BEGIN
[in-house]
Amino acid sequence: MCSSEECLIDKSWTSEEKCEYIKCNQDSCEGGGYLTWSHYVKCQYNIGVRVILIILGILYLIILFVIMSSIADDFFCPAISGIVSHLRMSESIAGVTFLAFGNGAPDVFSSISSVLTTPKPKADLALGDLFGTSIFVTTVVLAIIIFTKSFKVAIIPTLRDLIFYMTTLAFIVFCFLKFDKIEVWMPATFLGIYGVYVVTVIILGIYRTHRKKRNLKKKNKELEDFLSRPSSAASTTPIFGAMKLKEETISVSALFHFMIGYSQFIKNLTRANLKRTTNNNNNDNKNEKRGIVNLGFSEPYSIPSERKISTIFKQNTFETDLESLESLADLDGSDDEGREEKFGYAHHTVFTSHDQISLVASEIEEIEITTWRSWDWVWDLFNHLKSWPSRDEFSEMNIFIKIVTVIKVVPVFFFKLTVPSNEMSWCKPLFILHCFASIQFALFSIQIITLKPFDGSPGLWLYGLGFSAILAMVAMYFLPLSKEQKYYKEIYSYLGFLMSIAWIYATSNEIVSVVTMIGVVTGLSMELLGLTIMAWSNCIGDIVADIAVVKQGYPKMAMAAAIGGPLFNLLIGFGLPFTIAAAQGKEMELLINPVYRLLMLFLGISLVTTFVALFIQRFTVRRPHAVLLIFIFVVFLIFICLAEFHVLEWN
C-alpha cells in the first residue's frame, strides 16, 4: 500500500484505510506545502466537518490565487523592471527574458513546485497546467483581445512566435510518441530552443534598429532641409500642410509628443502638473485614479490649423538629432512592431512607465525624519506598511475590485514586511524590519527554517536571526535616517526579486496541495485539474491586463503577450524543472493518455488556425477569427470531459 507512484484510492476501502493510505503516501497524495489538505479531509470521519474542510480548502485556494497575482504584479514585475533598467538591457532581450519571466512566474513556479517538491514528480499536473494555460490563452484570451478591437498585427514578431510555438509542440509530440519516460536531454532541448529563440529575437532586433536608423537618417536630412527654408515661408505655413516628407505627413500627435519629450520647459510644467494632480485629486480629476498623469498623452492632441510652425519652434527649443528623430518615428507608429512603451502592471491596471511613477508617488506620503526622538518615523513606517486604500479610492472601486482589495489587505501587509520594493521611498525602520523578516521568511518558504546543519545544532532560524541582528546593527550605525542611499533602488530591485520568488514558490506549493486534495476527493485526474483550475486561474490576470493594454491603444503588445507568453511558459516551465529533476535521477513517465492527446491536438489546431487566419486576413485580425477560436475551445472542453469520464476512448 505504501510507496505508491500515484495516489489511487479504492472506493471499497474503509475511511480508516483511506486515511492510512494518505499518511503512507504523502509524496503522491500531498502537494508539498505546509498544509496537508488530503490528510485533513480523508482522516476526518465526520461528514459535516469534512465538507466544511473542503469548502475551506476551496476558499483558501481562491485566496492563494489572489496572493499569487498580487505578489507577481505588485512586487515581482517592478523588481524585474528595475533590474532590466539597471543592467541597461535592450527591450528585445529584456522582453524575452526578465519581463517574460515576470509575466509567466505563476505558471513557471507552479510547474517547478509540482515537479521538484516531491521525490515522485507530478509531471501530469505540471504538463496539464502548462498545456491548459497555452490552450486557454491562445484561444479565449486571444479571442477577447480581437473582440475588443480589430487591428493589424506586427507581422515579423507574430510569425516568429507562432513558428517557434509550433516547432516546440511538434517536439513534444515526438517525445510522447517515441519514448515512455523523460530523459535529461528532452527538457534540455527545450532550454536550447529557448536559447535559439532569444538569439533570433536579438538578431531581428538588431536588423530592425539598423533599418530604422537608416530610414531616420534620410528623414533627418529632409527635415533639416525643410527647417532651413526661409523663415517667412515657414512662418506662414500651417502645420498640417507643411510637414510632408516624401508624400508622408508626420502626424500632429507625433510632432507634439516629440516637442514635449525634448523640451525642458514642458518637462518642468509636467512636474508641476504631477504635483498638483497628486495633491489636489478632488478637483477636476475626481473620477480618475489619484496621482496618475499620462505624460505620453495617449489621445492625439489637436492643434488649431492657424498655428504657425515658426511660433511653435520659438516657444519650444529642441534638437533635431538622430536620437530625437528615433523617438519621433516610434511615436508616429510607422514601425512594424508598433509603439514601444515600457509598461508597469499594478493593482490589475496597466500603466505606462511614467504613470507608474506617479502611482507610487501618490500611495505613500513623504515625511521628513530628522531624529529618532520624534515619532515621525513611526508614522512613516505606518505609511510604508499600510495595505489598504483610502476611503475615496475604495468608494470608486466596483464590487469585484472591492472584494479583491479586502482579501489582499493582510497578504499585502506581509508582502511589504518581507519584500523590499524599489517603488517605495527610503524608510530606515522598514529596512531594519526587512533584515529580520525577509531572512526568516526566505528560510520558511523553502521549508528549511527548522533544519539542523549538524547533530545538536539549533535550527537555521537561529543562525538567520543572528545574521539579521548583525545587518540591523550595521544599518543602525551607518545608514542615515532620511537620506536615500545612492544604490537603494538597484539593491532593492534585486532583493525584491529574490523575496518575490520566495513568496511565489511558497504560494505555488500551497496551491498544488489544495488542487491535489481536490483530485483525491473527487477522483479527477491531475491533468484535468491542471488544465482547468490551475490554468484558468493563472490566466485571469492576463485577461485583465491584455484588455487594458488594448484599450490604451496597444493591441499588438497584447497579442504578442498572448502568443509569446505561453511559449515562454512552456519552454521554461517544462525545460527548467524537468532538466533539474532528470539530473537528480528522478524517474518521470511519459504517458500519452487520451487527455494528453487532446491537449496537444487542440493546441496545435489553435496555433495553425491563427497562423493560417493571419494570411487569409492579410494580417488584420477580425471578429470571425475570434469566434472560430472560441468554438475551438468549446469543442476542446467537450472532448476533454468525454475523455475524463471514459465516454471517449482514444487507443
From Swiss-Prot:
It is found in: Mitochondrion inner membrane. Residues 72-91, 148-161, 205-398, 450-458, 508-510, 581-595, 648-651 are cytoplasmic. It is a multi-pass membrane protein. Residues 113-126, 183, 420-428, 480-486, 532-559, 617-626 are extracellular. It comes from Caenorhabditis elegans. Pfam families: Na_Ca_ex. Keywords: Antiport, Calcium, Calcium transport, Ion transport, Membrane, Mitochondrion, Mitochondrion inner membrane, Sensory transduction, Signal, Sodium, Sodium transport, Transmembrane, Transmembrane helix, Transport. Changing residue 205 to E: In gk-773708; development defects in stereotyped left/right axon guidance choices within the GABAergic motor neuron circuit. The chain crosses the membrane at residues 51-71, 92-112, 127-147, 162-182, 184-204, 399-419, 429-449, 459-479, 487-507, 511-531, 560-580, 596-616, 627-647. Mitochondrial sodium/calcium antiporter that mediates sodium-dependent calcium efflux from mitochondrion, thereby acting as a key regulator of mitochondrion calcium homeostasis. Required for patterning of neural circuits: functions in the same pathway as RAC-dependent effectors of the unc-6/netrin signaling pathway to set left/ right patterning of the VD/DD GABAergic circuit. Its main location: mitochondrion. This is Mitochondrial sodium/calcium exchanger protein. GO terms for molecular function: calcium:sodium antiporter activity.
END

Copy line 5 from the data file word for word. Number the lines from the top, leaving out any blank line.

It is found in: Mitochondrion inner membrane. Residues 72-91, 148-161, 205-398, 450-458, 508-510, 581-595, 648-651 are cytoplasmic. It is a multi-pass membrane protein. Residues 113-126, 183, 420-428, 480-486, 532-559, 617-626 are extracellular. It comes from Caenorhabditis elegans. Pfam families: Na_Ca_ex. Keywords: Antiport, Calcium, Calcium transport, Ion transport, Membrane, Mitochondrion, Mitochondrion inner membrane, Sensory transduction, Signal, Sodium, Sodium transport, Transmembrane, Transmembrane helix, Transport. Changing residue 205 to E: In gk-773708; development defects in stereotyped left/right axon guidance choices within the GABAergic motor neuron circuit. The chain crosses the membrane at residues 51-71, 92-112, 127-147, 162-182, 184-204, 399-419, 429-449, 459-479, 487-507, 511-531, 560-580, 596-616, 627-647. Mitochondrial sodium/calcium antiporter that mediates sodium-dependent calcium efflux from mitochondrion, thereby acting as a key regulator of mitochondrion calcium homeostasis. Required for patterning of neural circuits: functions in the same pathway as RAC-dependent effectors of the unc-6/netrin signaling pathway to set left/ right patterning of the VD/DD GABAergic circuit. Its main location: mitochondrion. This is Mitochondrial sodium/calcium exchanger protein. GO terms for molecular function: calcium:sodium antiporter activity.